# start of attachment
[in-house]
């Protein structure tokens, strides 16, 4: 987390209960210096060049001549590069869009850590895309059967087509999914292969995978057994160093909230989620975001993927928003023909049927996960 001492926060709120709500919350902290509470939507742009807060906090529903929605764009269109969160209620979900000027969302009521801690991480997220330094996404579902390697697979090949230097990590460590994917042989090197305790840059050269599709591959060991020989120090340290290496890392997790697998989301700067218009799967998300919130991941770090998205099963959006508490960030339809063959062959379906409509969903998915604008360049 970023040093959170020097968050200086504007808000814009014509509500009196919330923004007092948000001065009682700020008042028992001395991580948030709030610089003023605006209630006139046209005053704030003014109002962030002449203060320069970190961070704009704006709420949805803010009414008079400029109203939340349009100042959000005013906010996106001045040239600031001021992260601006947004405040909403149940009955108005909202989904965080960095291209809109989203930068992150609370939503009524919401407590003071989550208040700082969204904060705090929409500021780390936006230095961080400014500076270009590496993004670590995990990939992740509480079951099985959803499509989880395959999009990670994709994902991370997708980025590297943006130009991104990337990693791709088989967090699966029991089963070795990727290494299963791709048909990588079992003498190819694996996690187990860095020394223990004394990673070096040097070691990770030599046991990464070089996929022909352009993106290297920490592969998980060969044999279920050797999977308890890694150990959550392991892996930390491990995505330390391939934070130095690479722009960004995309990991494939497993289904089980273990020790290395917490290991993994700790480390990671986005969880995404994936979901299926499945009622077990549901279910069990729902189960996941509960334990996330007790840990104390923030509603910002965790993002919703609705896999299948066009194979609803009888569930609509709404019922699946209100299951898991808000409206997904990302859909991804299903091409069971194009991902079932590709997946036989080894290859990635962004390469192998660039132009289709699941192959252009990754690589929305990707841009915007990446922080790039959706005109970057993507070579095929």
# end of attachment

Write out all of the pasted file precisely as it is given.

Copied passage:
[in-house]
């Protein structure tokens, strides 16, 4: 987390209960210096060049001549590069869009850590895309059967087509999914292969995978057994160093909230989620975001993927928003023909049927996960 001492926060709120709500919350902290509470939507742009807060906090529903929605764009269109969160209620979900000027969302009521801690991480997220330094996404579902390697697979090949230097990590460590994917042989090197305790840059050269599709591959060991020989120090340290290496890392997790697998989301700067218009799967998300919130991941770090998205099963959006508490960030339809063959062959379906409509969903998915604008360049 970023040093959170020097968050200086504007808000814009014509509500009196919330923004007092948000001065009682700020008042028992001395991580948030709030610089003023605006209630006139046209005053704030003014109002962030002449203060320069970190961070704009704006709420949805803010009414008079400029109203939340349009100042959000005013906010996106001045040239600031001021992260601006947004405040909403149940009955108005909202989904965080960095291209809109989203930068992150609370939503009524919401407590003071989550208040700082969204904060705090929409500021780390936006230095961080400014500076270009590496993004670590995990990939992740509480079951099985959803499509989880395959999009990670994709994902991370997708980025590297943006130009991104990337990693791709088989967090699966029991089963070795990727290494299963791709048909990588079992003498190819694996996690187990860095020394223990004394990673070096040097070691990770030599046991990464070089996929022909352009993106290297920490592969998980060969044999279920050797999977308890890694150990959550392991892996930390491990995505330390391939934070130095690479722009960004995309990991494939497993289904089980273990020790290395917490290991993994700790480390990671986005969880995404994936979901299926499945009622077990549901279910069990729902189960996941509960334990996330007790840990104390923030509603910002965790993002919703609705896999299948066009194979609803009888569930609509709404019922699946209100299951898991808000409206997904990302859909991804299903091409069971194009991902079932590709997946036989080894290859990635962004390469192998660039132009289709699941192959252009990754690589929305990707841009915007990446922080790039959706005109970057993507070579095929």